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2007 News Releases



CEE alumnus harnesses the wind in Nicaragua

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A CEE alumnus received the CNN Heroes award in July for his persistent hard work and ingenuity in providing sustainable electricity to isolated communities along Nicaragua’s Caribbean coast.

Just after getting his S.M. degree from MIT in 2003, Mathias Craig, his brother Guillaume, and their childhood friend Lâl Marandin founded a nonprofit company called blueEnergy, which builds and installs wind turbines in rural communities of Nicaragua. BlueEnergy manufactures the turbines and many components locally to keep costs down and make servicing the equipment easier, as well as create much-needed jobs. To date, the organization has installed eight turbines in six communities, benefiting 1,500 people who would otherwise have no electricity.

As part of the CNN Heroes program, a film crew accompanied blueEnergy employees to Monkey Point, one such isolated coastal community of 300 people. According to Craig, Monkey Point, like most of Nicaragua’s Caribbean coast, has no roads and is accessible only by boat. The CNN crew filmed the last several days of the 14-day process of building and installing the electrical system, as well as the evening celebration under the lights that followed.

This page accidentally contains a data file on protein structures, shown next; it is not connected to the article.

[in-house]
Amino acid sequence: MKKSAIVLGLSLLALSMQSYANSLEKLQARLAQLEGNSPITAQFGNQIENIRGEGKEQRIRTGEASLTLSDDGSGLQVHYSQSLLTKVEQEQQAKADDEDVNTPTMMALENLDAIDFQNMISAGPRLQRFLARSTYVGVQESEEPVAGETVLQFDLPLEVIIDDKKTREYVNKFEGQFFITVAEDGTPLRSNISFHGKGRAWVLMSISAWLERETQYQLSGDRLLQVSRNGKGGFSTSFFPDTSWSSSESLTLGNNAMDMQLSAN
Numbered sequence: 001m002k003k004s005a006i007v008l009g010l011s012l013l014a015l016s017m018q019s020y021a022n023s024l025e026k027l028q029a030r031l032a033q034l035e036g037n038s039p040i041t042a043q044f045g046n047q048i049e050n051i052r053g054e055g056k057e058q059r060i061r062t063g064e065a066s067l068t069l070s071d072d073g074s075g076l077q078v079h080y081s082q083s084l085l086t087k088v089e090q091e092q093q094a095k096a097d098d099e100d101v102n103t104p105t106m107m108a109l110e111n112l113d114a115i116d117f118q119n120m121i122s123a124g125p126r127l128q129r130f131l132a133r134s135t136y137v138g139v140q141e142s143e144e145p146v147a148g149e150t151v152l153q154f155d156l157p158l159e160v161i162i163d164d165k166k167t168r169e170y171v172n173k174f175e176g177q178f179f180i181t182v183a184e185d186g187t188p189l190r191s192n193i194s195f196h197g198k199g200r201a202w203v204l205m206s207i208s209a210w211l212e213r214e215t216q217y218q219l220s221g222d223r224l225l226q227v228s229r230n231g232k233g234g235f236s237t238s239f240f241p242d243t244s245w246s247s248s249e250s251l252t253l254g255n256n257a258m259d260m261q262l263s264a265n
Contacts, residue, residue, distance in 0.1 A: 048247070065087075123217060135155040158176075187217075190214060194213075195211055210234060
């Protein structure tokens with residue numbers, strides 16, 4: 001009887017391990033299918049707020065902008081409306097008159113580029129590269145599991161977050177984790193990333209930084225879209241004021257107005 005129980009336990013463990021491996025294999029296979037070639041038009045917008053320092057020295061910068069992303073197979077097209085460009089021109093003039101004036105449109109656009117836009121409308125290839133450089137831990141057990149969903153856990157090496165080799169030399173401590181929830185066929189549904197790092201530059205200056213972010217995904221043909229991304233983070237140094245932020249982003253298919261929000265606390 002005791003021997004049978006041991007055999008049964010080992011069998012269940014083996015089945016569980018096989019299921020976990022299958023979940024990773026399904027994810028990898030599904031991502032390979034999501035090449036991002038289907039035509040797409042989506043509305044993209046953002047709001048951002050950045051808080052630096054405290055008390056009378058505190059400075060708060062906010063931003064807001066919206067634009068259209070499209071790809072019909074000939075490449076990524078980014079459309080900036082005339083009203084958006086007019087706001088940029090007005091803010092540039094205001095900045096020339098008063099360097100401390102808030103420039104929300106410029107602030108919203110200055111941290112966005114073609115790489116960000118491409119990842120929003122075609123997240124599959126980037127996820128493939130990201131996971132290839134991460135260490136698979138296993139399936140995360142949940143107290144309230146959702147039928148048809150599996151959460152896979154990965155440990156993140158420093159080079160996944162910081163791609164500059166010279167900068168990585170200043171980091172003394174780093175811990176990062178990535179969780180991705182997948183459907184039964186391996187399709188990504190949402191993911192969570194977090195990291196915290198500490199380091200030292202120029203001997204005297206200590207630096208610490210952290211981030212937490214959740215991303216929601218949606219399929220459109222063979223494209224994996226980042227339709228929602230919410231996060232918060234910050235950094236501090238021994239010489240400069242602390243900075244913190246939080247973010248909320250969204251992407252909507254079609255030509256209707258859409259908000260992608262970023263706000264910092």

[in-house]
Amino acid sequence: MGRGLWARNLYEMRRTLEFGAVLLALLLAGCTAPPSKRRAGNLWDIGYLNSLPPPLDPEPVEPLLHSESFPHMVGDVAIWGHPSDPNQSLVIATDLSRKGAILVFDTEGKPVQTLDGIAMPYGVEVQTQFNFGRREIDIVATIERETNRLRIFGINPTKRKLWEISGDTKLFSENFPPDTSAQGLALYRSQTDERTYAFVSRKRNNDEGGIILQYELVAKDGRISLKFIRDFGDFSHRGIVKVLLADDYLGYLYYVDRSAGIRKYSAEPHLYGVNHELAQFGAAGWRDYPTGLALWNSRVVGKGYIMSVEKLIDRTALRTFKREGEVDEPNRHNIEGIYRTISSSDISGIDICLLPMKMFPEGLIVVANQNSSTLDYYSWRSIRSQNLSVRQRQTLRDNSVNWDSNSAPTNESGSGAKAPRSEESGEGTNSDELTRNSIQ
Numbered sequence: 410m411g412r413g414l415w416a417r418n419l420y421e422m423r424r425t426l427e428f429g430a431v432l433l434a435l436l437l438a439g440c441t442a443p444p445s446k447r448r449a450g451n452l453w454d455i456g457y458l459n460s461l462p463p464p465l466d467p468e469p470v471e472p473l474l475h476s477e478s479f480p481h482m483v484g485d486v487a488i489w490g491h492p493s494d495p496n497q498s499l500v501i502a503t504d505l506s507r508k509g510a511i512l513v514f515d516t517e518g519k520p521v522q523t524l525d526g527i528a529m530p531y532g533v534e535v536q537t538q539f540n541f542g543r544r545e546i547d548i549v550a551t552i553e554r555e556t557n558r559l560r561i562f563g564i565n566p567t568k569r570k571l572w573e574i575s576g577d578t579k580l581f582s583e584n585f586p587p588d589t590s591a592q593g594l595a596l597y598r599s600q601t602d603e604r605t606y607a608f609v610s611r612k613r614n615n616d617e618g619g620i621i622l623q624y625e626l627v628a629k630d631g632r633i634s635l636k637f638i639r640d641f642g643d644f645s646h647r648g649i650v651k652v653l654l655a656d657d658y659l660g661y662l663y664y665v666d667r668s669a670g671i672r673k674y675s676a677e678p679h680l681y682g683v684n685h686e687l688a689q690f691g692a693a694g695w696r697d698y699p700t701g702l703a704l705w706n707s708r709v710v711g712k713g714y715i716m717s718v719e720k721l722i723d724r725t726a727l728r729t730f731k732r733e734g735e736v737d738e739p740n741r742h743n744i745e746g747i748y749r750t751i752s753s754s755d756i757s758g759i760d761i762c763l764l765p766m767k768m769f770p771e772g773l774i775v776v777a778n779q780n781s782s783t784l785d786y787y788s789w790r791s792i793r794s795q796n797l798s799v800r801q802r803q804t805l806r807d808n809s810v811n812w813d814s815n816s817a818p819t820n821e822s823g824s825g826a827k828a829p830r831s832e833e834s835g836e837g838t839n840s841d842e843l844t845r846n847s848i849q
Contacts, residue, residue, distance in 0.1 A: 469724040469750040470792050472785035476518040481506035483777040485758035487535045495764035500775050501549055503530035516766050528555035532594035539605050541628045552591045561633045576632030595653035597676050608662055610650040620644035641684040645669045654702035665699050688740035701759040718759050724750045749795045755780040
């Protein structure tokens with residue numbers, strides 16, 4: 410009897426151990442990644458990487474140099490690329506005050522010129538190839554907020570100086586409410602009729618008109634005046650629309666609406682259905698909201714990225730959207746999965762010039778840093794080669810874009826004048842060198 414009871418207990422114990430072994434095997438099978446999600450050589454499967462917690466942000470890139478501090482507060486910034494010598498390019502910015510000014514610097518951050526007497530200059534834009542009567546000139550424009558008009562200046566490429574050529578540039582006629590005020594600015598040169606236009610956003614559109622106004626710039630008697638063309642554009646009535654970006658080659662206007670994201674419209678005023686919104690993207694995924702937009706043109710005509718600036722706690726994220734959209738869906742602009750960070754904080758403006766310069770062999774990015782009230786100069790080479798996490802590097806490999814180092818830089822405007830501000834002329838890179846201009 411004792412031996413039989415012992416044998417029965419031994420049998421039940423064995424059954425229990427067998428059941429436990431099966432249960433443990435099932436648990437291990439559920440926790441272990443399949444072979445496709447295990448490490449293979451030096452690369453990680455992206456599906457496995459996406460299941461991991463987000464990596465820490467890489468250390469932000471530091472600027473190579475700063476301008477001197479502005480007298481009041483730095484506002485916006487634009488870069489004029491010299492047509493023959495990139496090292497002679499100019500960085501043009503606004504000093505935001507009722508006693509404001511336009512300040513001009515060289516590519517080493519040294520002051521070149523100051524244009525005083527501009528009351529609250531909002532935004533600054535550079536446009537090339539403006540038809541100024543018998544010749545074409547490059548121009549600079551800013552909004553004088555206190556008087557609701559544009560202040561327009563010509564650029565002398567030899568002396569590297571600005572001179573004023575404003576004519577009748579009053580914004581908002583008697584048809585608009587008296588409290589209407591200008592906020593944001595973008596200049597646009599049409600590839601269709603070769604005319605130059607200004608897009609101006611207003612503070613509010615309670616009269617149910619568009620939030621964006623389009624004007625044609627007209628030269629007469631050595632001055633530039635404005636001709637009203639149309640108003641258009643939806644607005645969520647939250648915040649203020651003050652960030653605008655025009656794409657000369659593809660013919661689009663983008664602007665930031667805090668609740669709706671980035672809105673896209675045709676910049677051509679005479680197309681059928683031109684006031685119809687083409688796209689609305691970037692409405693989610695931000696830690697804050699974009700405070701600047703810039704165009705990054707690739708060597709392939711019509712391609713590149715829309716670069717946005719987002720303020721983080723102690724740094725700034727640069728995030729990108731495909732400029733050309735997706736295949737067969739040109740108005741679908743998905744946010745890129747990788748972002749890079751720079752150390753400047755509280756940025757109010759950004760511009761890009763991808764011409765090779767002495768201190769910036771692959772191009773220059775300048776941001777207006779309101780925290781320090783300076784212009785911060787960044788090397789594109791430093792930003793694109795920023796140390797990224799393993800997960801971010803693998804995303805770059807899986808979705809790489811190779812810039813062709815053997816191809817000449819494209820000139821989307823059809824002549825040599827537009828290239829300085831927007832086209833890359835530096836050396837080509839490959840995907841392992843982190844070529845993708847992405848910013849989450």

The Monkey Point electrical system, made up of a 1 kilowatt turbine and 100 watts of solar panels, provides enough electricity to power a school and a radio link to the outside world, and to charge batteries for a health clinic and eight homes. BlueEnergy hopes to add a second energy system in Monkey Point to run an integrated water pumping, purification, storage and distribution system.

Other blueEnergy projects include a new hybrid wind/solar energy system in Kakabila, a Meskito Indian community north of blueEnergy’s headquarters in Bluefields, Nicaragua. This system produces electricity for two schools and a community center, and serves as a community battery-charging station. Another project team installed a similar system in Set Net, a seaside community that now takes advantage of the strong, steady winds off the Caribbean.

Showing that real life has no neatly wrapped happy endings, lightning struck blueEnergy headquarters on July 31, the very night the Heroes episode aired on the “Anderson Cooper 360˚” show.  While nobody was hurt, the power surge destroyed the majority of the office’s electronic equipment.

To learn more about blueEnergy see the CNN video of Mathias Craig at

Debbie Levey of Civil & Environmental Engineering contributed to the reporting and writing of this story.

Mathias Craig